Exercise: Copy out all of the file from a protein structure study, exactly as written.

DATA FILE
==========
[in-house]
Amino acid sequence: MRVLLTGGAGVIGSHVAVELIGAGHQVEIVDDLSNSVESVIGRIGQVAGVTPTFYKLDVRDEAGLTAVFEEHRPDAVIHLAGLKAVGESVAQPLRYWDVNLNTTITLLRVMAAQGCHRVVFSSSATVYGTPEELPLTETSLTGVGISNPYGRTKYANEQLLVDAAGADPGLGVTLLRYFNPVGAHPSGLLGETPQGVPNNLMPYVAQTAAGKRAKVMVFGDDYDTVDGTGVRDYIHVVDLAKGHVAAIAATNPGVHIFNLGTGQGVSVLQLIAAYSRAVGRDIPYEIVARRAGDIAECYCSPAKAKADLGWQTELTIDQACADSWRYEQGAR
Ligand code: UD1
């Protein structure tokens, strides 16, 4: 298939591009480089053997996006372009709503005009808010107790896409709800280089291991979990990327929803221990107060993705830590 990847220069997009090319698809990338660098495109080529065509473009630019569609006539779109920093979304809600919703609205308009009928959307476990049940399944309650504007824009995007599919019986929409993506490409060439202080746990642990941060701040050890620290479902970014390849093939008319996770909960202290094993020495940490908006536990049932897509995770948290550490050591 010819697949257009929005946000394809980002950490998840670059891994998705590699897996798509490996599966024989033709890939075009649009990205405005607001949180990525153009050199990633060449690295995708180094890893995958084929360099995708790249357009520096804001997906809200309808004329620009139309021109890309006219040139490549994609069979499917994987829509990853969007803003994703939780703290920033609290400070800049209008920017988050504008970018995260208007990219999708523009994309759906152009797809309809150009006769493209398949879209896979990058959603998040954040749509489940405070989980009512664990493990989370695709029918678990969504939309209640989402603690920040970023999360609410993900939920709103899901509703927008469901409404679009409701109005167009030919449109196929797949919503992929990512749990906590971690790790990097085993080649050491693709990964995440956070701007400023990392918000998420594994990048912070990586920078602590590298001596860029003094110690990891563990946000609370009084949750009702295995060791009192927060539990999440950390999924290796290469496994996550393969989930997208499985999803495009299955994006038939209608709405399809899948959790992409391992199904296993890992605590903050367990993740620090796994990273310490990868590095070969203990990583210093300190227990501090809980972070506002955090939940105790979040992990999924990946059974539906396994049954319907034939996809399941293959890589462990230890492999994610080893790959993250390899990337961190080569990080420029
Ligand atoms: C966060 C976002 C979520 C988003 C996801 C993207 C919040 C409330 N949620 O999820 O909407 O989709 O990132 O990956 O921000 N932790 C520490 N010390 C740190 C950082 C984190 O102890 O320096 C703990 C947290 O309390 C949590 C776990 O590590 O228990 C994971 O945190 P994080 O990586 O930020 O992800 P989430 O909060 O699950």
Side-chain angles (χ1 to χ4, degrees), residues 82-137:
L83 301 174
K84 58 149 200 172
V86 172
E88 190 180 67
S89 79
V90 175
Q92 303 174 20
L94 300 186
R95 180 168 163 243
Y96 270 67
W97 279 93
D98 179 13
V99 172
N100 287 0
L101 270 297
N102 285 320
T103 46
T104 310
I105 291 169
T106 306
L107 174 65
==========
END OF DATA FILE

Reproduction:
[in-house]
Amino acid sequence: MRVLLTGGAGVIGSHVAVELIGAGHQVEIVDDLSNSVESVIGRIGQVAGVTPTFYKLDVRDEAGLTAVFEEHRPDAVIHLAGLKAVGESVAQPLRYWDVNLNTTITLLRVMAAQGCHRVVFSSSATVYGTPEELPLTETSLTGVGISNPYGRTKYANEQLLVDAAGADPGLGVTLLRYFNPVGAHPSGLLGETPQGVPNNLMPYVAQTAAGKRAKVMVFGDDYDTVDGTGVRDYIHVVDLAKGHVAAIAATNPGVHIFNLGTGQGVSVLQLIAAYSRAVGRDIPYEIVARRAGDIAECYCSPAKAKADLGWQTELTIDQACADSWRYEQGAR
Ligand code: UD1
């Protein structure tokens, strides 16, 4: 298939591009480089053997996006372009709503005009808010107790896409709800280089291991979990990327929803221990107060993705830590 990847220069997009090319698809990338660098495109080529065509473009630019569609006539779109920093979304809600919703609205308009009928959307476990049940399944309650504007824009995007599919019986929409993506490409060439202080746990642990941060701040050890620290479902970014390849093939008319996770909960202290094993020495940490908006536990049932897509995770948290550490050591 010819697949257009929005946000394809980002950490998840670059891994998705590699897996798509490996599966024989033709890939075009649009990205405005607001949180990525153009050199990633060449690295995708180094890893995958084929360099995708790249357009520096804001997906809200309808004329620009139309021109890309006219040139490549994609069979499917994987829509990853969007803003994703939780703290920033609290400070800049209008920017988050504008970018995260208007990219999708523009994309759906152009797809309809150009006769493209398949879209896979990058959603998040954040749509489940405070989980009512664990493990989370695709029918678990969504939309209640989402603690920040970023999360609410993900939920709103899901509703927008469901409404679009409701109005167009030919449109196929797949919503992929990512749990906590971690790790990097085993080649050491693709990964995440956070701007400023990392918000998420594994990048912070990586920078602590590298001596860029003094110690990891563990946000609370009084949750009702295995060791009192927060539990999440950390999924290796290469496994996550393969989930997208499985999803495009299955994006038939209608709405399809899948959790992409391992199904296993890992605590903050367990993740620090796994990273310490990868590095070969203990990583210093300190227990501090809980972070506002955090939940105790979040992990999924990946059974539906396994049954319907034939996809399941293959890589462990230890492999994610080893790959993250390899990337961190080569990080420029
Ligand atoms: C966060 C976002 C979520 C988003 C996801 C993207 C919040 C409330 N949620 O999820 O909407 O989709 O990132 O990956 O921000 N932790 C520490 N010390 C740190 C950082 C984190 O102890 O320096 C703990 C947290 O309390 C949590 C776990 O590590 O228990 C994971 O945190 P994080 O990586 O930020 O992800 P989430 O909060 O699950």
Side-chain angles (χ1 to χ4, degrees), residues 82-137:
L83 301 174
K84 58 149 200 172
V86 172
E88 190 180 67
S89 79
V90 175
Q92 303 174 20
L94 300 186
R95 180 168 163 243
Y96 270 67
W97 279 93
D98 179 13
V99 172
N100 287 0
L101 270 297
N102 285 320
T103 46
T104 310
I105 291 169
T106 306
L107 174 65